Applying probiotics topically on your skin or consuming them as a supplement can kill the bad microorganisms. That is what the term “anti-microbial” refers to.

The probiotics have anti-microbial properties, due to which they can fight against bad microbes. Hence, the probiotic supplements help prevent skin inflammation that could trigger acne breakouts. 

Probiotic strains, including Lactobacilli and Bifidobacterium, have shown promising effects in lowering the production and release of proinflammatory cytokines. Probiotic supplements can reduce the delivery of TNF- α, IL-6, and IL-8 factors, triggering an inflammatory response. Instead, increasing the growth of healthy gut bacteria helps release anti-inflammatory cytokines.

Skin Protective Shield

You can apply topical probiotic supplements on the surface of your skin. Doing so allows probiotics to develop a protective barrier to keep unhealthy microbes at bay. Topical probiotics can help your skin to guard against bad bacteria, fungi, and toxins. 

Moreover, the topical application of good bacteria serves as a layer between your skin’s surface and undesirable pathogens. Thus, probiotics block toxins from infiltrating your skin. Hence, it blocks the way toxins can provoke an immune response in the form of acne.

Besides, if you take care of your skin well, you must often exfoliate to get rid of dead skin. The use of cleansers and other exfoliating products can strip your skin of its natural oils. It results in the disruption of the skin’s natural barrier function.

Without a healthy barrier, your skin will be sensitive to germs, environmental stressors, breakouts, and irritation. However, probiotics can aid in strengthening the natural moisture barrier of your skin. This way, probiotics function to banish redness, irritation, and sensitivity. 

Soothe the Connection of Gut, Brain, and Skin

According to the Journal of Gut Pathology, scientists have learned the link between gut, brain, and skin events. They explain that when harmful microbes are in your body, your body’s immune response increases to fight off the threat. 

The whole battle between your body and pathogens results in inflammation. Consuming probiotics internally, topically, or both is a great way to soothe the inflammatory reaction. Hence, regardless of the type of probiotic supplement, you can reduce acne by taking them.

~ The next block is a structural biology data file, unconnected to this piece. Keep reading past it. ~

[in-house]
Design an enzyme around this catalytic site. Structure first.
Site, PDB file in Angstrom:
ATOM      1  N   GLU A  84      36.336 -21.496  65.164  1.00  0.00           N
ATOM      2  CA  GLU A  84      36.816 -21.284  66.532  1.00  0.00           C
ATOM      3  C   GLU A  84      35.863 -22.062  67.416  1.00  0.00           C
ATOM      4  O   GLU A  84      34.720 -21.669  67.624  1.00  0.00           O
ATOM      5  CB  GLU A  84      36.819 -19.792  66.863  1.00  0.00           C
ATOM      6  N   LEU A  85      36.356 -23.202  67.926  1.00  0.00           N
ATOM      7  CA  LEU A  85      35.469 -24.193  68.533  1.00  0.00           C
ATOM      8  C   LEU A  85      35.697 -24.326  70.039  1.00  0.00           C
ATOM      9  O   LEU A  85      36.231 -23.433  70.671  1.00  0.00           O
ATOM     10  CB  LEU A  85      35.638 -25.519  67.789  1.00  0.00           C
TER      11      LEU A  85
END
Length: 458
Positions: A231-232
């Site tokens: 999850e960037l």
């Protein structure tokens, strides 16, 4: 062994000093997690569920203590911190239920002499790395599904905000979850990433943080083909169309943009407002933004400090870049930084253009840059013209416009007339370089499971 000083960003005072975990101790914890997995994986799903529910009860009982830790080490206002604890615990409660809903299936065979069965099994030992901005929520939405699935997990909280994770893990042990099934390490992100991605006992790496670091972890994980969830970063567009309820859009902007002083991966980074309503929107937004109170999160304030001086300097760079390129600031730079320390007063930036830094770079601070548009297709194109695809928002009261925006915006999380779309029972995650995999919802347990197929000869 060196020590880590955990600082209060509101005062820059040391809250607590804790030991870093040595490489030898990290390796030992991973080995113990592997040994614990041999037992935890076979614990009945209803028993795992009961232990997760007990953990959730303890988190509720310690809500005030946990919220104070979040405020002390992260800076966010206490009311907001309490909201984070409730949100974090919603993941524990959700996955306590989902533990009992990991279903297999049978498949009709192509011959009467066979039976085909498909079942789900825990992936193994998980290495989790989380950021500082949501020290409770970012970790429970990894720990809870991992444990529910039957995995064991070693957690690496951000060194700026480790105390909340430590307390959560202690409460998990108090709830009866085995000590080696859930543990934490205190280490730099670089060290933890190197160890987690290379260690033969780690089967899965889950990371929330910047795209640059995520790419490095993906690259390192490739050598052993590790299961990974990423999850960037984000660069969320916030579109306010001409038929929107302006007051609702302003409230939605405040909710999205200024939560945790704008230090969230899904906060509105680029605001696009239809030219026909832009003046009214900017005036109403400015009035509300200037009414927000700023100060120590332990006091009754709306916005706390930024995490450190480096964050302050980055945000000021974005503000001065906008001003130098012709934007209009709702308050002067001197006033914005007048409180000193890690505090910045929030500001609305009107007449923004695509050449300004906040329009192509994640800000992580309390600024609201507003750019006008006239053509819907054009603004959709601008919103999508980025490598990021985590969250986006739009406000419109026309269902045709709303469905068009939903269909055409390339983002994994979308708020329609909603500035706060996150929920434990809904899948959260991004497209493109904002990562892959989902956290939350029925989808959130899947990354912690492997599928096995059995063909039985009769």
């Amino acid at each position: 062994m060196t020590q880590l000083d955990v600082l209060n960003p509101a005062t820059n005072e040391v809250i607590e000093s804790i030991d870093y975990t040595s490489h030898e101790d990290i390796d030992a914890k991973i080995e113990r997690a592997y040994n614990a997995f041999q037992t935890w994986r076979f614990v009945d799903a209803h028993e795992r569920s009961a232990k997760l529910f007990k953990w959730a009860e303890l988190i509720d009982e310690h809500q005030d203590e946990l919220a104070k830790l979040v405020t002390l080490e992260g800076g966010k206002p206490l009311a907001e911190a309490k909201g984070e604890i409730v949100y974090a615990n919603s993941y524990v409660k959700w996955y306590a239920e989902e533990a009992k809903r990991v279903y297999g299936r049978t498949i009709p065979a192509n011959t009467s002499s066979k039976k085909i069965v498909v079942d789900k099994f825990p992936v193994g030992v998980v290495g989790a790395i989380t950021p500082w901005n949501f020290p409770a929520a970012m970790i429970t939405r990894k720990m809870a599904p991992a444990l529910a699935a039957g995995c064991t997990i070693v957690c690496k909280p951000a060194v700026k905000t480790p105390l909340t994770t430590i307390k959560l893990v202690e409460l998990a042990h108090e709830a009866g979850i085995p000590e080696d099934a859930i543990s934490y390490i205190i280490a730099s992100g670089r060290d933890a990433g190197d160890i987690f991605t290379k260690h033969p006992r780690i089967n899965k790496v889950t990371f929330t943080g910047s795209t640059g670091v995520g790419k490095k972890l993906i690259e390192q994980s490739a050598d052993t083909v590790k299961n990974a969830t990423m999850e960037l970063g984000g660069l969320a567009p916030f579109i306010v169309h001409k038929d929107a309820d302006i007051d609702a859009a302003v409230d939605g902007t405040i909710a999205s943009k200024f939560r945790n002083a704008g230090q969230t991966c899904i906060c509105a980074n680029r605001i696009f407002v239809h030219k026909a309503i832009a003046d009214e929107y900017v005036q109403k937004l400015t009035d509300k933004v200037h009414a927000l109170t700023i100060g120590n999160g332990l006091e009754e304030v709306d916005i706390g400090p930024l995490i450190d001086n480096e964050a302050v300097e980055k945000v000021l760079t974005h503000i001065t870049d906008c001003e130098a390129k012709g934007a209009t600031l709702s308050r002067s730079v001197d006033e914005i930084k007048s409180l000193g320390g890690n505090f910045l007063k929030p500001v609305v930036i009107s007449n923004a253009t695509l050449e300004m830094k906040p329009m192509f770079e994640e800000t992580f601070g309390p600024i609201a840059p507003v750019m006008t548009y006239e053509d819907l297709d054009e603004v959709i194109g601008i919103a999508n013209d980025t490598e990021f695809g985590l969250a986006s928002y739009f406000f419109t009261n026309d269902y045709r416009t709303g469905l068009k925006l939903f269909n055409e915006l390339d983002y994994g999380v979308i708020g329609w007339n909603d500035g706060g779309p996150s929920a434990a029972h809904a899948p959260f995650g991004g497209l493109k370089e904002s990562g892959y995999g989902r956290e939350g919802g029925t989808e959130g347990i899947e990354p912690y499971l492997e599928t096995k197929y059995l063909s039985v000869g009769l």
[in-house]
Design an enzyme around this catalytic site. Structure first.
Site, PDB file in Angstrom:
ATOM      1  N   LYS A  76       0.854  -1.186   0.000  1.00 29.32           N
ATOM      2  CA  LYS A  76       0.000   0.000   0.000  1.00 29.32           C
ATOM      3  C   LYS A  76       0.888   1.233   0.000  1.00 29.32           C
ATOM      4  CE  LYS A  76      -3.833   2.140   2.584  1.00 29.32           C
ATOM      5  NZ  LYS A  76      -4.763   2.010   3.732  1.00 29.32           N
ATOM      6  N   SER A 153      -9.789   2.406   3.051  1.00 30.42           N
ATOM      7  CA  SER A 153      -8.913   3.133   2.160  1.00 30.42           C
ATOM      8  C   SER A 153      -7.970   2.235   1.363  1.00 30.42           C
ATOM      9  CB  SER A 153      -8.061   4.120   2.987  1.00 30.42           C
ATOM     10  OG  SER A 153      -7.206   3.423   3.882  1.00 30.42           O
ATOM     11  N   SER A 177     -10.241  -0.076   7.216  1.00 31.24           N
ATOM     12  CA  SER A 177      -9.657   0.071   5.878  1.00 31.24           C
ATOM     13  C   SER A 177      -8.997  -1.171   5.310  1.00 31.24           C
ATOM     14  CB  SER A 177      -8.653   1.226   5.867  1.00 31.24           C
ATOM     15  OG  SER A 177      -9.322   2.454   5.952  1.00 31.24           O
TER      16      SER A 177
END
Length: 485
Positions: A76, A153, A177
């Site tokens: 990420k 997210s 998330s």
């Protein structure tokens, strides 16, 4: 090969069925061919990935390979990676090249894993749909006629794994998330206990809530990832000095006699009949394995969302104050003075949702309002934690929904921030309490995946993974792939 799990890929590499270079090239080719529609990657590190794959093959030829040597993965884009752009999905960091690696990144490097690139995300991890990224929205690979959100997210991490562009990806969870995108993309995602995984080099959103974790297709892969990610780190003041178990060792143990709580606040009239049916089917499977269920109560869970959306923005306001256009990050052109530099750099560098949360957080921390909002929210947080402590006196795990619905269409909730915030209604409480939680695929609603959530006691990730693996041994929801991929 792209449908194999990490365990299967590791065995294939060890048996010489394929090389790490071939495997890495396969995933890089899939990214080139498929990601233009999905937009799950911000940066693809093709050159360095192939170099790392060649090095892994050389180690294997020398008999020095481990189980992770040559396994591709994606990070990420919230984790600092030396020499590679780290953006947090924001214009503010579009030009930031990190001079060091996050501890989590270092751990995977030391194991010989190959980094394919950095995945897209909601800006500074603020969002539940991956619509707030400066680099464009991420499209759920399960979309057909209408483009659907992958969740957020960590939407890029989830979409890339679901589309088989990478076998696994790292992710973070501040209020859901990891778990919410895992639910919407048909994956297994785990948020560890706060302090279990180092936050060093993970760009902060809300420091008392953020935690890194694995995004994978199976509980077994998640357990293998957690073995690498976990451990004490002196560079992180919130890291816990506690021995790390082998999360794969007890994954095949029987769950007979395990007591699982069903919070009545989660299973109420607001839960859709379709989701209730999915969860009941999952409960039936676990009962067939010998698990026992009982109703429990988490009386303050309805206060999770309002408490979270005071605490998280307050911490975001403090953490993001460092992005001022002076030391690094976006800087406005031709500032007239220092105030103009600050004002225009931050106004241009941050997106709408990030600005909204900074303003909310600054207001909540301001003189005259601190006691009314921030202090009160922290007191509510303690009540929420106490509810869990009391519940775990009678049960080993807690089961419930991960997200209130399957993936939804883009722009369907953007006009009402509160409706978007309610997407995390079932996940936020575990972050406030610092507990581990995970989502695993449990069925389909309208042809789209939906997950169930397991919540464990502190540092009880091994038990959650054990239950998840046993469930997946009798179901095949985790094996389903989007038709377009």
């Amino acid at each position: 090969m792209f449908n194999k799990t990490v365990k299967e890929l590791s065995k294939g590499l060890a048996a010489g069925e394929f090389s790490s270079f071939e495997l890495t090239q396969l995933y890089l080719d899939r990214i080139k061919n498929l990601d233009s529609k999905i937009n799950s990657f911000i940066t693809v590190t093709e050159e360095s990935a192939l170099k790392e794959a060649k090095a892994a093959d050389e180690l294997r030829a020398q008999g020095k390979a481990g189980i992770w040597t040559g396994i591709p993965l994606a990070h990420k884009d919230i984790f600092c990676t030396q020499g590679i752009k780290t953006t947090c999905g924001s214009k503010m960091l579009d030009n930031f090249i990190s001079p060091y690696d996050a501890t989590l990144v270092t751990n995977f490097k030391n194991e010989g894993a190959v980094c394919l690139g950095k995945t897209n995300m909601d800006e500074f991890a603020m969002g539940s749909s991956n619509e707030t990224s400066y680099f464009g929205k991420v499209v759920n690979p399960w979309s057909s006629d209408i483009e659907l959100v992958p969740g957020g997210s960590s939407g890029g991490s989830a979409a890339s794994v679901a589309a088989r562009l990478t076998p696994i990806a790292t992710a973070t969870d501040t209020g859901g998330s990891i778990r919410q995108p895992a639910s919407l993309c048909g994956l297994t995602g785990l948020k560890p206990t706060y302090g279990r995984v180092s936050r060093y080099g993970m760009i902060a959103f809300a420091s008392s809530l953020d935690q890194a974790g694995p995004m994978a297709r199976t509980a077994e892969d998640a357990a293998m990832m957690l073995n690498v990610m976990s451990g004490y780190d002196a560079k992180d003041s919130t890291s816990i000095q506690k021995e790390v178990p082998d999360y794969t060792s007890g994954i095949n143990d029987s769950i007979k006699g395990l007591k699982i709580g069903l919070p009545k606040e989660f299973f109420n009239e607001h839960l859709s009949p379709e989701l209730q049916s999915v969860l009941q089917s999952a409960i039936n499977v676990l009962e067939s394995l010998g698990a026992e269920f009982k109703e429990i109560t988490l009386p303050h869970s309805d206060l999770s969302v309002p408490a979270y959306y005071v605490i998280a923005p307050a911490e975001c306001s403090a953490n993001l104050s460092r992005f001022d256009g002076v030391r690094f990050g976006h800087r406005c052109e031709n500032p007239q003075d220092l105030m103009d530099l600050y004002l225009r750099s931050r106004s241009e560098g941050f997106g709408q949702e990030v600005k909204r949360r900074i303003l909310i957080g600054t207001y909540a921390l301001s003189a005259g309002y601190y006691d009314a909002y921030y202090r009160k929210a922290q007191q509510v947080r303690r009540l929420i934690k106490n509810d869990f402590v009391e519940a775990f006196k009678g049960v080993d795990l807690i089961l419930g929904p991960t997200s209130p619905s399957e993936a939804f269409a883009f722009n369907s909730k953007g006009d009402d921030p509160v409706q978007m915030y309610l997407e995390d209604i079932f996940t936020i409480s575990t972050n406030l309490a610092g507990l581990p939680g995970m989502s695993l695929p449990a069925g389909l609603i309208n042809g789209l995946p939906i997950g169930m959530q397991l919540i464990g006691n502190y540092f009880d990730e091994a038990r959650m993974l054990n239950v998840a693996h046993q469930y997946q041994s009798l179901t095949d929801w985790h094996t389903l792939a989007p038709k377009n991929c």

Patients with acne are more susceptible to suffering from regularity and digestive disorders. Dysbiosis is one of them that causes a “leaky gut.” Due to this, acne patients more frequently experience bowel irregularity than healthy people. Both of these conditions contribute to acne development. However, you can regulate your bowel movements with probiotics and gut wall protection. 

Reduce Oxidative Stress

Your body naturally produces free radicals during the metabolic process going in your system. These free radicals are harmful chemicals that can enter your bloodstream and pass on to different organs via blood. Once the free radicals travel from one location to another, they can create a great mess and damage the cellular integrity of your organs.

Therefore, your body requires antioxidants to capture and neutralize the free radicals that help prevent any damage. Antioxidants are naturally present in brightly colored vegetables and fruits. By consuming them in your diet, you can significantly increase your natural supply of antioxidants.

However, the production of free radicals in your body often increases, causing an imbalance with antioxidants. The situation refers to oxidative stress. When it happens, the excess of free radicals boosts the body’s natural immune response, which may trigger acne. 

Generally, patients with acne often have a high oxidative stress level with oxidative stress markers such as hydroperoxide. Probiotics attack these markers, hydroperoxide, and help maintain the balance between free radicals and antioxidants.